On Harm, Damage, and Policy

I noted with interest some of the criticism and critique that came out this weekend against a new project of my colleagues. Essentially, some of the arguments posted were "this data/site doesn't do X, therefore, it shouldn't exist" or "this data harms Y, therefore it shouldn't exist." Of course, the data is helpful in other ways, allowing limited comparisons, but it's rare to see a comment saying "this looks pretty good, ok." So instead, the comments are all "THIS IS AMAZING" vs "THIS SUCKS" and whatever the product is, it feels like a dystopia where completely opposite conclusions are possible.

So it goes with many political and legal policies.

If you experience a crime and the law is such that the criminal is not found guilty, the law feels far too soft. If you are falsely accused and your life is severely harmed, the law feels far too hard. This is the nature of political compromise - some times different interests each have valid perspectives and the right answer does involve weighing them and coming down somewhere in the middle.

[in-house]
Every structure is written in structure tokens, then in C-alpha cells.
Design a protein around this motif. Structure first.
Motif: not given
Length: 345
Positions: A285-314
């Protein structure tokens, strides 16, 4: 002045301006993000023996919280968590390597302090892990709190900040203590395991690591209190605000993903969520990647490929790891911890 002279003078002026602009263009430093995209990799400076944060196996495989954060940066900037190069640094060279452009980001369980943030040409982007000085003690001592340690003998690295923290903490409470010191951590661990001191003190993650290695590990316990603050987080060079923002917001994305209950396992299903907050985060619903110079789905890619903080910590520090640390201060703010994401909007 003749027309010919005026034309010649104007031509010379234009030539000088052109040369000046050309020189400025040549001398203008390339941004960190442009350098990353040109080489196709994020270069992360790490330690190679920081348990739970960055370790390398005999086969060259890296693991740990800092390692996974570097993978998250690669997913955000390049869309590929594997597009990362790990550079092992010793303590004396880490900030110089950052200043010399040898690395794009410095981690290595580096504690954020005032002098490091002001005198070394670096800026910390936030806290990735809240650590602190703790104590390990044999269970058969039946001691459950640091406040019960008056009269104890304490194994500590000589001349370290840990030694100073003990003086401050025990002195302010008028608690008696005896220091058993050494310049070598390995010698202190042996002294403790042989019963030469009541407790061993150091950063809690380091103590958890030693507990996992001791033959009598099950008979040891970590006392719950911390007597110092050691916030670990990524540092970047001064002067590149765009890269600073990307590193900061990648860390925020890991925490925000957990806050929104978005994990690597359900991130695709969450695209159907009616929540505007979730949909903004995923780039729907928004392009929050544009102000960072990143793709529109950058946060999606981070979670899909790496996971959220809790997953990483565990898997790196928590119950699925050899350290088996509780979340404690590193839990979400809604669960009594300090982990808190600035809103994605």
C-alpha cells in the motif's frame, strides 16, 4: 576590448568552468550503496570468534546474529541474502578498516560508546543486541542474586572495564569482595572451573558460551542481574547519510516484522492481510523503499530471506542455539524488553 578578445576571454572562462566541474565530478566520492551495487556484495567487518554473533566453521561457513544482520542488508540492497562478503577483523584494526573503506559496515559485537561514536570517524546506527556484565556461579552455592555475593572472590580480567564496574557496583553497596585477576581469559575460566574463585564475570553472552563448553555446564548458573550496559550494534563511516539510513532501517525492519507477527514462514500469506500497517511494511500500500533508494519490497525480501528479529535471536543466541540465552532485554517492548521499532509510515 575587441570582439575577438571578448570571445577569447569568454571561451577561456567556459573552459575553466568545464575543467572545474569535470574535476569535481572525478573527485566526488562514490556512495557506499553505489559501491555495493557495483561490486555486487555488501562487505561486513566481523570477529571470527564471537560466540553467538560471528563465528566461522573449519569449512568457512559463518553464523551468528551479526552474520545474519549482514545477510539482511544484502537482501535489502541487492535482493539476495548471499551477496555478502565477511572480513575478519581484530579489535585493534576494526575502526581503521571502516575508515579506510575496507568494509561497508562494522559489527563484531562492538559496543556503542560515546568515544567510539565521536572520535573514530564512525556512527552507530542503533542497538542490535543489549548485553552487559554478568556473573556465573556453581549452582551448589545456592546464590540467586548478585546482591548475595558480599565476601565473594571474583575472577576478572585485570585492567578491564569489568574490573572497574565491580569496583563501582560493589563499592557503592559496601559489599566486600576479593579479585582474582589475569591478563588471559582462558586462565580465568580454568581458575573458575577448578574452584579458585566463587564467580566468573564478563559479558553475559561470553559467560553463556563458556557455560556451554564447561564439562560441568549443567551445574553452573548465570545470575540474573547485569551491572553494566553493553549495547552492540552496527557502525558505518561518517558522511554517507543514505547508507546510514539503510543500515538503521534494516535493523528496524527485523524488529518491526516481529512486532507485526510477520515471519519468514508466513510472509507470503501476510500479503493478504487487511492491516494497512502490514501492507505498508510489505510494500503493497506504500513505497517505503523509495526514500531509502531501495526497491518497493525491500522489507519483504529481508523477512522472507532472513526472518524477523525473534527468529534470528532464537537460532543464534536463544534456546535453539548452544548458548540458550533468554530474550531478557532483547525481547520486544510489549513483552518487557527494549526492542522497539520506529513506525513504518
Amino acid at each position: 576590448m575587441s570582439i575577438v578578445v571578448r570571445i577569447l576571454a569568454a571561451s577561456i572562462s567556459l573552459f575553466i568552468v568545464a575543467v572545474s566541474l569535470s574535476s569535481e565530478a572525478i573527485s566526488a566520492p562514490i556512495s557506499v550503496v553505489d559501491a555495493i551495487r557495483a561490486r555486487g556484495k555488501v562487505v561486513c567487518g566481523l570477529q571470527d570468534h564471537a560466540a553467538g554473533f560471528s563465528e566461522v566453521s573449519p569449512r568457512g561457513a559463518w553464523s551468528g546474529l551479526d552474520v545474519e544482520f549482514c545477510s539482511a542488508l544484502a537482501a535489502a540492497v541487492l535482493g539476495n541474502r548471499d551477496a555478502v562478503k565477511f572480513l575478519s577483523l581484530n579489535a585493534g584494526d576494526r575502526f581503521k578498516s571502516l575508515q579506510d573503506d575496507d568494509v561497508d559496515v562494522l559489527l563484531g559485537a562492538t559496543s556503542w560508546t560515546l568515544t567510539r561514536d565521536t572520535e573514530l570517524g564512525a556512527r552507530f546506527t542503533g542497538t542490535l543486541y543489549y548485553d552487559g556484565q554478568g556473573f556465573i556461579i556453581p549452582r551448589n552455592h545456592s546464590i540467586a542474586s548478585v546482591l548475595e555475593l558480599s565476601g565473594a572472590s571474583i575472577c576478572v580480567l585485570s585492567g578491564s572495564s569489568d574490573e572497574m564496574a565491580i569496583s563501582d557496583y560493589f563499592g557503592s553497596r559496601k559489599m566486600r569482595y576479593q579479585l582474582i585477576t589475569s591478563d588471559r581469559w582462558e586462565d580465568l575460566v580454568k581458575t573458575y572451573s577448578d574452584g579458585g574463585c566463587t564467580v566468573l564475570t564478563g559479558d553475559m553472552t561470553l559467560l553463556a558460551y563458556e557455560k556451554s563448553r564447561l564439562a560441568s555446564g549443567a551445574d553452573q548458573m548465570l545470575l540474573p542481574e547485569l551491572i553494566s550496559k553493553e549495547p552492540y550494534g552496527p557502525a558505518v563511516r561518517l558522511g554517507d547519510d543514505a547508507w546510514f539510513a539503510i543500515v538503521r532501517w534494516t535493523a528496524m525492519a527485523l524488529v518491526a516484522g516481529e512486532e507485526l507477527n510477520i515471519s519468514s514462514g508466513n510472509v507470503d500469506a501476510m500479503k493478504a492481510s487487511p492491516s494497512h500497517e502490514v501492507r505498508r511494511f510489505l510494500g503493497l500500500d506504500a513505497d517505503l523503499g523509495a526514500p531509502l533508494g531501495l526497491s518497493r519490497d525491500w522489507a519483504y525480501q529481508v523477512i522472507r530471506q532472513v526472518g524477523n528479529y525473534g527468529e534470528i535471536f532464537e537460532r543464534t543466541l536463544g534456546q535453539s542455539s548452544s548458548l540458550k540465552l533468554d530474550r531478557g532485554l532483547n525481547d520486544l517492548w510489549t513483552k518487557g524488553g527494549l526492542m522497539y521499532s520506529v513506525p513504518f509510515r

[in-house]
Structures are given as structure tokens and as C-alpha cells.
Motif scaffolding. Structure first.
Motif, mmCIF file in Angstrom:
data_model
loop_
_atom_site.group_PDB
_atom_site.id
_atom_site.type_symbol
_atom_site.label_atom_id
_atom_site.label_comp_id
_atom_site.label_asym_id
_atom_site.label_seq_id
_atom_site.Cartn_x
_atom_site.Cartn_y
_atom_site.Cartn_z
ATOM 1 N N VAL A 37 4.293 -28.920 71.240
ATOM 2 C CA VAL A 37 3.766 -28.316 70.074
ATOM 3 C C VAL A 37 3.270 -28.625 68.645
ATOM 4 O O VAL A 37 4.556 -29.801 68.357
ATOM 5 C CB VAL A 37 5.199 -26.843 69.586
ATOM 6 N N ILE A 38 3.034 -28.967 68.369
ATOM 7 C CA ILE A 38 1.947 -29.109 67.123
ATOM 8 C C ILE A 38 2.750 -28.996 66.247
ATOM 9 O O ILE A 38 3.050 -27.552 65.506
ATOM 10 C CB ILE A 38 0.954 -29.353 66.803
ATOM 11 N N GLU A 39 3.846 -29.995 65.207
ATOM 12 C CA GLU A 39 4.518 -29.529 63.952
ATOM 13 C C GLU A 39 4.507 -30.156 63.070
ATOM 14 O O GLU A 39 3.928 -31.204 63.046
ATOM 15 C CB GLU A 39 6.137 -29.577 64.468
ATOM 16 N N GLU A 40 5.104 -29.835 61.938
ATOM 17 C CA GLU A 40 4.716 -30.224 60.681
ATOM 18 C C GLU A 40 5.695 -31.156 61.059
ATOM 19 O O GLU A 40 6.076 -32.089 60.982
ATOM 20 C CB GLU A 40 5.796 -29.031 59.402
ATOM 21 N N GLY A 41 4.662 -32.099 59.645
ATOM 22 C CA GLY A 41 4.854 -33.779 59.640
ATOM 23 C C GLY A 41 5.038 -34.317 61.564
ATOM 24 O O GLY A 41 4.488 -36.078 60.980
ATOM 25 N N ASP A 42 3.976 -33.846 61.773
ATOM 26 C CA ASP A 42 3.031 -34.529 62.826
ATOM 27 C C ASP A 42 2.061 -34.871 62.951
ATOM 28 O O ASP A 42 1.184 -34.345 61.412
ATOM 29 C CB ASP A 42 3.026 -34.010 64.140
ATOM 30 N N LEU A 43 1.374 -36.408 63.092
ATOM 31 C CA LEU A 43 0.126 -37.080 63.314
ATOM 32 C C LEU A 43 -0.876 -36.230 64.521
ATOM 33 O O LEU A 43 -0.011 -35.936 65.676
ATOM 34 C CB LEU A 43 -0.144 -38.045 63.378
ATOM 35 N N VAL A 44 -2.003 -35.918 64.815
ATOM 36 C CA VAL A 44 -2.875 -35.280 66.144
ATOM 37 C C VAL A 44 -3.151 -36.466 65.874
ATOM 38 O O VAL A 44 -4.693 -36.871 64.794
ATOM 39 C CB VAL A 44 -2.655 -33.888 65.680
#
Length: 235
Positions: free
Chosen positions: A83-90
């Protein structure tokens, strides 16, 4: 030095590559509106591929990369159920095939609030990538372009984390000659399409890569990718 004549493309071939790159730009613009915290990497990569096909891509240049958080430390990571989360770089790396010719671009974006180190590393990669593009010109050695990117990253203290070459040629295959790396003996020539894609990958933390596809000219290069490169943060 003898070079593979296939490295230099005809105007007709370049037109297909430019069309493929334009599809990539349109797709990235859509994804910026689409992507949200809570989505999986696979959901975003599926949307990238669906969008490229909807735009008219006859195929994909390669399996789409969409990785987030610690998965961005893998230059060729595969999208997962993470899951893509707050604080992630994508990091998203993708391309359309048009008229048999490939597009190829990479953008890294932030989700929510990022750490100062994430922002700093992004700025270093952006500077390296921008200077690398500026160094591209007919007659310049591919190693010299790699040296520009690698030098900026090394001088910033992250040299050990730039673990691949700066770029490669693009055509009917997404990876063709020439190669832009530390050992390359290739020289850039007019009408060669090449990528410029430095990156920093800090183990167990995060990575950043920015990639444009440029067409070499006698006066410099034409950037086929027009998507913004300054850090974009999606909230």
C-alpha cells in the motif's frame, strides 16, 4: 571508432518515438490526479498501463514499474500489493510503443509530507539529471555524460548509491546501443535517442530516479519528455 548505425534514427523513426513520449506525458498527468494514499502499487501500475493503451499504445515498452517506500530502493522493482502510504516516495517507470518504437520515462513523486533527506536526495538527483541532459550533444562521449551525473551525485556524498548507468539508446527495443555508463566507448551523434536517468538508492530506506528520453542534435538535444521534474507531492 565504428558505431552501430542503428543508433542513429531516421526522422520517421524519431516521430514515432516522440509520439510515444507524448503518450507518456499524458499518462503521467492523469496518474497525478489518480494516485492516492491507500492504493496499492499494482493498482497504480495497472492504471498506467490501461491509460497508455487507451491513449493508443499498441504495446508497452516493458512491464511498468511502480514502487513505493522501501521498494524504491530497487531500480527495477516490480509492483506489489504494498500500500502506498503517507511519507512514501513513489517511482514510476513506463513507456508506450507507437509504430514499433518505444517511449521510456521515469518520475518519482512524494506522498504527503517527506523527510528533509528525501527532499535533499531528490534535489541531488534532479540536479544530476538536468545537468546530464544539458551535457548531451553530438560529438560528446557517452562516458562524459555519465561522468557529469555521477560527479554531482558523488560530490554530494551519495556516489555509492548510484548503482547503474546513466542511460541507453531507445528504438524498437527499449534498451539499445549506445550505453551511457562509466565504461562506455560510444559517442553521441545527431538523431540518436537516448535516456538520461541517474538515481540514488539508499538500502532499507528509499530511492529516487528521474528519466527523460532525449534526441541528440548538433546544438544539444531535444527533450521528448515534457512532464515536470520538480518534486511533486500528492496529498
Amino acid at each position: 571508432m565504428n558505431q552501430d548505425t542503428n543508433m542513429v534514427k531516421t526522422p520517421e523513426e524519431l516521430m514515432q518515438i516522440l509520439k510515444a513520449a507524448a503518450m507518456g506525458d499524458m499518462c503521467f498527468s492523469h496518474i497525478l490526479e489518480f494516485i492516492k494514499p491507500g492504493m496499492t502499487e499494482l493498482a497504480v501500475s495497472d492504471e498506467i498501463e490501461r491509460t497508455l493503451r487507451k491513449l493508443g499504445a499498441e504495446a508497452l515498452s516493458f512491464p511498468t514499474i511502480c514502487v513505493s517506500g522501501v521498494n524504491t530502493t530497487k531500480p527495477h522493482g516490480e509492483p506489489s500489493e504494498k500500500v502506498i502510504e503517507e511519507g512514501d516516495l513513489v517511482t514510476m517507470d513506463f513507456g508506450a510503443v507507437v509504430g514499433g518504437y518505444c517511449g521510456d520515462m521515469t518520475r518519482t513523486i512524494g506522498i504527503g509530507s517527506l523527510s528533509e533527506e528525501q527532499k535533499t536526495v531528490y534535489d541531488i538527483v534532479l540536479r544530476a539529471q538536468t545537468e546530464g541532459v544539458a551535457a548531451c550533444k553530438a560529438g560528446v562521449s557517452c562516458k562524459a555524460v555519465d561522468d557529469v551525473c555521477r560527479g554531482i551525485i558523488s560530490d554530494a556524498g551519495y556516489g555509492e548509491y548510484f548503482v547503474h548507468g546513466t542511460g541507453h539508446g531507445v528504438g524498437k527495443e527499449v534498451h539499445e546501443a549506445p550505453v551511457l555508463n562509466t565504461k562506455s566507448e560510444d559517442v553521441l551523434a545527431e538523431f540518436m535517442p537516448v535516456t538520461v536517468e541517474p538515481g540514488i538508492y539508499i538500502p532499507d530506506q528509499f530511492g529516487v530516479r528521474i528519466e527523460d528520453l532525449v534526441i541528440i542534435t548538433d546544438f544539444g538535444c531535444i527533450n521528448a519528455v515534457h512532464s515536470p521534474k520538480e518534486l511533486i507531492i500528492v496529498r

In the area of rape and sexual assault, where hard evidence is often extraordinarily difficult to come by (and where I volunteered for years in college), there is no policy that will prevent horrible outcomes - either for survivors that can't get justice or for the falsely accused. I've seen several stories in recent years with long, personal profiles of people on both sides of this equation, and I've realized that no matter how bad the stories are, the overall data is much more important when it comes to identifying the best policy. To some extent, policy making means ignoring single trees to see the dynamic of the forest, but that also feels a little harsh and cold (and to be clear, this is the wrong answer when it comes to supporting anyone who has been through trauma). I'll be looking for examples of leaders and people who walked this line well.